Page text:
2005-08-25 / News

North Kingstown ordinance will be modified for new island regulations

By Sam Bari

Town Councilman Bill Kelly holds a check in the amount of $11,145 in grant funds from the RI Resource Recovery Corporation, received for having a successful recycling program in Jamestown. With Kelly are Michael Gray (left) and Steve Goslee (right), both of the town’s highway department, and Sherry A. Mulhearn, RIRRC’s executive director. Town Councilman Bill Kelly holds a check in the amount of $11,145 in grant funds from the RI Resource Recovery Corporation, received for having a successful recycling program in Jamestown. With Kelly are Michael Gray (left) and Steve Goslee (right), both of the town’s highway department, and Sherry A. Mulhearn, RIRRC’s executive director. Town Solicitor Larry Parks’ proposal to use a North Kingstown ordinance as a template for writing Jamestown construction regulations was unanimously approved by the Planning Commission at its Aug. 17 meeting.

Parks suggested modifying the North Kingstown ordinance as needed to write the Jamestown regulations concerning construction and excavation on town streets and in town street right-ofways.

With Commissioners Betty Hubbard and Andrew Kallfelz absent, the meeting did not have a quorum until 7:50 p.m., when Commissioner Jean Brown arrived. She had arranged in advance to be 20 minutes late. Despite the late start, the commission covered the agenda.

In old business, the proposed new ordinances from the unfunded state mandate concerning Phase II storm-water requirements were reviewed and discussed.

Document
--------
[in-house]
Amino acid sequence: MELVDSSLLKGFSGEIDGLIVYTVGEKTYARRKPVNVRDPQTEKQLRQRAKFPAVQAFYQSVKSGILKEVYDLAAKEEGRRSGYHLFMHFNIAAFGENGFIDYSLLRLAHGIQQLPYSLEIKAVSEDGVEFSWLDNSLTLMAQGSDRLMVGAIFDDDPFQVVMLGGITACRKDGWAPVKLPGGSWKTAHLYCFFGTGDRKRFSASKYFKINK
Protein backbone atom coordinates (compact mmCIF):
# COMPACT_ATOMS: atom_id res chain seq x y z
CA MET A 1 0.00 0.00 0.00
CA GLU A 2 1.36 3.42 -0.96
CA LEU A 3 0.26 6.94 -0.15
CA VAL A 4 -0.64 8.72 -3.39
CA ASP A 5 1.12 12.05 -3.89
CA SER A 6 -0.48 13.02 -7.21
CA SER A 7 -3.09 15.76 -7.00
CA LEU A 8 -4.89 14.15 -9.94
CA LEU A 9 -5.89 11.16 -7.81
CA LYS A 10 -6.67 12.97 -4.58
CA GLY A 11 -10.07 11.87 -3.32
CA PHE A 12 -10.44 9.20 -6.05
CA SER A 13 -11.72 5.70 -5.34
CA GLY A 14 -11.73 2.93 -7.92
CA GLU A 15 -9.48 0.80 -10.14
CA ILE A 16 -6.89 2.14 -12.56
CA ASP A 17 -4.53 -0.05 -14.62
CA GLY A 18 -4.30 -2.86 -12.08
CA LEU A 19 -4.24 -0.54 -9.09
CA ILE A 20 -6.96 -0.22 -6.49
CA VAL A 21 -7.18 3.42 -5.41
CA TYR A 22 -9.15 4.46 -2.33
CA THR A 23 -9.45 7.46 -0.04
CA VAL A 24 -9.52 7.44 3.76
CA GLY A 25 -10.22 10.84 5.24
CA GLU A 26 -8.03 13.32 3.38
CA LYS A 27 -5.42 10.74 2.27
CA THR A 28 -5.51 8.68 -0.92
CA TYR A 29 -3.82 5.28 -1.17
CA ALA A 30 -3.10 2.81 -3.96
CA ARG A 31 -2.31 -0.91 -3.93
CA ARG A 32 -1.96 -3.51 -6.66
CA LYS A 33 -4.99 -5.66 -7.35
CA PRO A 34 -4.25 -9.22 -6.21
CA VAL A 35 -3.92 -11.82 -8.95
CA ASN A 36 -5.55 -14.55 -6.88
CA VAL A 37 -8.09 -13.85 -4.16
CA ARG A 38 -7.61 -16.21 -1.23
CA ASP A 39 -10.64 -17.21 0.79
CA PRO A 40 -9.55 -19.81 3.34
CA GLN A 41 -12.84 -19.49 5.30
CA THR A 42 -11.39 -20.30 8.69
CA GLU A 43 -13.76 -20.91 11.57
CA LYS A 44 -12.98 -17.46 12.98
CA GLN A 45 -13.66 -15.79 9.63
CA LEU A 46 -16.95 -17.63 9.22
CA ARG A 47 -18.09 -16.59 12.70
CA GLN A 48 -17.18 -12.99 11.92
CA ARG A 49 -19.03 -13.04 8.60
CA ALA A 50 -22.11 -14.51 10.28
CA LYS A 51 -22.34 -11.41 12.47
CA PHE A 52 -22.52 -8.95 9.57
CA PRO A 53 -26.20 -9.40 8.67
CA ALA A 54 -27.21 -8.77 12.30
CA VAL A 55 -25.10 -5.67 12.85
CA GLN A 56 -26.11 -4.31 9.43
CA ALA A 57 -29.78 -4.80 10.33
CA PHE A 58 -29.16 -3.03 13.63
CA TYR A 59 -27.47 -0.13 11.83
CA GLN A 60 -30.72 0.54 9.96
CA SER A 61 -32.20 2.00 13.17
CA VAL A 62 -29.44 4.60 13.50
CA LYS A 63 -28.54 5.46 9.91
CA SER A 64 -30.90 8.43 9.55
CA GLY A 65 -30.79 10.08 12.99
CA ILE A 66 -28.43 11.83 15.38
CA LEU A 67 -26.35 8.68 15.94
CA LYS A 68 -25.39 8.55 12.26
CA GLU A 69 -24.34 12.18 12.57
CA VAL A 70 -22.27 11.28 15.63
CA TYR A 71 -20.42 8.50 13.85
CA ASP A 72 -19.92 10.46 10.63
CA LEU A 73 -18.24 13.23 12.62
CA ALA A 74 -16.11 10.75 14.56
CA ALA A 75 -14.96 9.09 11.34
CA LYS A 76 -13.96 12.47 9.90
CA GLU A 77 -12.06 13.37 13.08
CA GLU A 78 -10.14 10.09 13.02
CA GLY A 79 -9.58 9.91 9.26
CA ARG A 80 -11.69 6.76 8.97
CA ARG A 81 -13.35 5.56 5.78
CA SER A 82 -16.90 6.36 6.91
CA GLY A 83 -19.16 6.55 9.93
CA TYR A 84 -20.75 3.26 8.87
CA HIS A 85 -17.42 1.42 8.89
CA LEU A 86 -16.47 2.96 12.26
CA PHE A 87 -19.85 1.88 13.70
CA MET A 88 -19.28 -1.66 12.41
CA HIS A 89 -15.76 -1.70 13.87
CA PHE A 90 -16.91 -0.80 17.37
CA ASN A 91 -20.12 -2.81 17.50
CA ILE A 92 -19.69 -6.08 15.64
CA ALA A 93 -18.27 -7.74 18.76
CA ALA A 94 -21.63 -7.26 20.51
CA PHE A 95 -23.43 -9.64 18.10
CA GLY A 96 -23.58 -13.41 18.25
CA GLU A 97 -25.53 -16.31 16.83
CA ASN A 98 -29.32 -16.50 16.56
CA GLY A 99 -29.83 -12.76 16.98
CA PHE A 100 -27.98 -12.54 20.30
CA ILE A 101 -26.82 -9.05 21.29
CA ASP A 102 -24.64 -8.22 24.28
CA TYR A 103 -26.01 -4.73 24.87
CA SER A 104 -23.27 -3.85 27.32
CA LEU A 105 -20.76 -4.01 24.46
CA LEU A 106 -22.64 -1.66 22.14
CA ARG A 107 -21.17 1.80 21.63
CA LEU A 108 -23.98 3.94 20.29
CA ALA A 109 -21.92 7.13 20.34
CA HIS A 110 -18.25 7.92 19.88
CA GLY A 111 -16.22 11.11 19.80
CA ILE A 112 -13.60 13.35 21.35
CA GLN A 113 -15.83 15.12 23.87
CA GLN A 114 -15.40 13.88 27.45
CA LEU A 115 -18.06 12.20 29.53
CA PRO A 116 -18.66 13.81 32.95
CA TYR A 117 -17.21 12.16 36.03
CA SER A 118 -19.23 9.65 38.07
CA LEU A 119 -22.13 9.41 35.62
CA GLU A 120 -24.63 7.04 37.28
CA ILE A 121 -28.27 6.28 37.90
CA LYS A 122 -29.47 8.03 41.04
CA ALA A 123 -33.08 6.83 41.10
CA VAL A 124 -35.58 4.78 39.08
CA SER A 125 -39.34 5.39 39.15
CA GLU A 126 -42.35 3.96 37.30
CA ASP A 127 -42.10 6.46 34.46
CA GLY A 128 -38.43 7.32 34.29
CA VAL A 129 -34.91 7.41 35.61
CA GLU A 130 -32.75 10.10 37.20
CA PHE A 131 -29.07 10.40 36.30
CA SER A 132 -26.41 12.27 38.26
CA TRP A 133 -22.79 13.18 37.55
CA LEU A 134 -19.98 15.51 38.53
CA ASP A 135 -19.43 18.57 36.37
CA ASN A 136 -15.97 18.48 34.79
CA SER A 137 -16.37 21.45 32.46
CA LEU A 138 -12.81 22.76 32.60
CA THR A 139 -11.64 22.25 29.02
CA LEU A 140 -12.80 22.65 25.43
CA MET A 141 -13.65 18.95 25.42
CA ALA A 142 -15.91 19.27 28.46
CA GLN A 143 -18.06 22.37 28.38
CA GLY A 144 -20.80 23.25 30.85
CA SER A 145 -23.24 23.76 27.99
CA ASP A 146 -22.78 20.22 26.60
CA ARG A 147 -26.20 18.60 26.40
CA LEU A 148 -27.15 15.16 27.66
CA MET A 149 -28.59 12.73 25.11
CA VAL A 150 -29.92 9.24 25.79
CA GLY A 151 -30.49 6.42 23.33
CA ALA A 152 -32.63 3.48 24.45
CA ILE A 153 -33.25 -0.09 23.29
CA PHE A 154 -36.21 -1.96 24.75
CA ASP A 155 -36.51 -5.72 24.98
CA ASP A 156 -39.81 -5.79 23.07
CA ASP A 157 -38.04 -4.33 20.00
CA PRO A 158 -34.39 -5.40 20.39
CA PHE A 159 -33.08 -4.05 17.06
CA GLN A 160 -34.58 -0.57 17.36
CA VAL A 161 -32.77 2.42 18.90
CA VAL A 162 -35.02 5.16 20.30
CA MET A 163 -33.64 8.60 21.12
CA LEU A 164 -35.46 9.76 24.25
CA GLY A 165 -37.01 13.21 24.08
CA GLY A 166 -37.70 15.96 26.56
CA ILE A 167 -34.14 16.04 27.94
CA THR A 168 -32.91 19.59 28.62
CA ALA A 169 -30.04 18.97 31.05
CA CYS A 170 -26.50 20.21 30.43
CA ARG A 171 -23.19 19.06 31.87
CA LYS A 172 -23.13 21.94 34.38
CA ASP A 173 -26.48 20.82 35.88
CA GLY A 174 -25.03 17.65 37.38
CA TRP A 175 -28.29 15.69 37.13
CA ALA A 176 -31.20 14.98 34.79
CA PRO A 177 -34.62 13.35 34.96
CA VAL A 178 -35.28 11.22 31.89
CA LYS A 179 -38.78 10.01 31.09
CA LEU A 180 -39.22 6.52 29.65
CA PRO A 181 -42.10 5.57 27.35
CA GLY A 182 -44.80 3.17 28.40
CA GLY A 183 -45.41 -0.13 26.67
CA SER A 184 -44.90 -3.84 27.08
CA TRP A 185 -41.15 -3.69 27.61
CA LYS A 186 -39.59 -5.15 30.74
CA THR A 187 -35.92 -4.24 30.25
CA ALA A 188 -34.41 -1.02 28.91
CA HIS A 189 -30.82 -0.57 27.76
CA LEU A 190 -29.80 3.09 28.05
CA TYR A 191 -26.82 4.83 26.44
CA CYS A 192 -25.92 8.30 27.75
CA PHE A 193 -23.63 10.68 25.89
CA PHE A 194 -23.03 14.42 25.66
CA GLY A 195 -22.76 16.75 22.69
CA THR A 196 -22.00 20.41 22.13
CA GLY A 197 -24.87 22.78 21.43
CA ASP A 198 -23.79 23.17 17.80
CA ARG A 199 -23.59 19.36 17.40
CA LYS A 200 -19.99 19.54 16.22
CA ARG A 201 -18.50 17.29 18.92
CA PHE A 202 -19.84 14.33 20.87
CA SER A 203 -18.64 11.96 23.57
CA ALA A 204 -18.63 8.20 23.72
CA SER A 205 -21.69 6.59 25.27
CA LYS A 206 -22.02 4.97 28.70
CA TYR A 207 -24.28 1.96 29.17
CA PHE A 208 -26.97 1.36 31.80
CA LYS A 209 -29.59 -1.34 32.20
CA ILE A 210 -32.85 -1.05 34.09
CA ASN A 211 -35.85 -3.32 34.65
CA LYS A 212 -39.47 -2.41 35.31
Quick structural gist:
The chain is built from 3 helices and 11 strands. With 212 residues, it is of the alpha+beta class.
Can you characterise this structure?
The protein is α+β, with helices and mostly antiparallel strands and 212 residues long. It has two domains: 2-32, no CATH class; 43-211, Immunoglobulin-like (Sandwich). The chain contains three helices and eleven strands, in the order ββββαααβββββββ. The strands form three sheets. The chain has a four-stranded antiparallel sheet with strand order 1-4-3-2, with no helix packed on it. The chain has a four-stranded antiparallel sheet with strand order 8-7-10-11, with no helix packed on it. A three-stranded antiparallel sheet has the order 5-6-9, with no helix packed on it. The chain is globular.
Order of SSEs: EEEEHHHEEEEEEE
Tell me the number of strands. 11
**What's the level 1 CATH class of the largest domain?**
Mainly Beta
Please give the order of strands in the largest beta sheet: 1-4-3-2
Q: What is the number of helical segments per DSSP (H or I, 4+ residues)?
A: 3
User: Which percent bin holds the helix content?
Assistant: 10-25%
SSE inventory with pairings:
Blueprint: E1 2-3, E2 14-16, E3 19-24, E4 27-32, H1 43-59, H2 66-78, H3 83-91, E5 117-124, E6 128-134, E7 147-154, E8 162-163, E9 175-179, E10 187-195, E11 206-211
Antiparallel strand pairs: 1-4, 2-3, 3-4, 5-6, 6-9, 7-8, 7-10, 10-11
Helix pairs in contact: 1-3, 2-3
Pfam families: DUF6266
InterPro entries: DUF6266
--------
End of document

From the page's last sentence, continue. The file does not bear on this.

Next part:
Consulting engineer Dean Audet from the firm of Fuss & O’Neill of Providence was invited by Town Engineer Mike Gray to explain the ordinance guidelines to the commissioners. Funds had been set aside to cover the expenses of Audet’s time to give the commissioners in-depth advice concerning the writing of the ordinances required to uphold the state’s mandate.

At the Aug. 3 Planning Commission meeting, Chairman Gary Girard asked the commissioners to compile a list of questions concerning potential illegal discharges that may enter Jamestown’s stormdrainage system.

Some of the questions concerned the scraping and painting of boat bottoms and anti-fouling dusts, as well as the power washing of boats that may impact the storm-drainage system from the island’s boat yards. Detergents from the car wash on Narragansett Avenue that may find their way into the storm-water system, and whether or not the storm-water discharges from the town transfer station pass muster were additional issues.

Parks questioned Audet about the extent of Jamestown’s responsibility to enforce the non-funded state-mandated ordinances.

Audet said that Jamestown was responsible for finding the source and imposing penalties on all illicit discharges entering the town storm-water system.

Additionally, the town is required to test runoff from the town drainage systems into the bay. “Violators are the town’s responsibility,” Audet said.

“If problems continue without compliance to the ordinances, the town could be fined as much as $25,000 a day until the required standards are met,” he noted.

“Enforcing these ordinances could cost the town a lot of money,” commissioner Vic Calabretta warned after Audet covered the three major sections of the model for illicit discharge. The sections entailed illicit discharge, post construction storm-water control, and soil erosion and sediment control.

After Audet finished his review of the storm-water ordinances, Town Planner Lisa Bryer discussed a memorandum she had sent to the commission concerning the review of high groundwater table applications.

Bryer offered her years of experience and expertise in assisting the commission in doing a better job of defining “minimum impact” for applicants who are sometimes confused when leaving commission meetings with limited guidance.

Bryer’s memo said that as a regulatory ordinance, satisfaction should be achievable on appropriate lots with guidance. She cited that over the last three years the commission had improved, but she felt that by working together to achieve clarity, the applicants could be better served.

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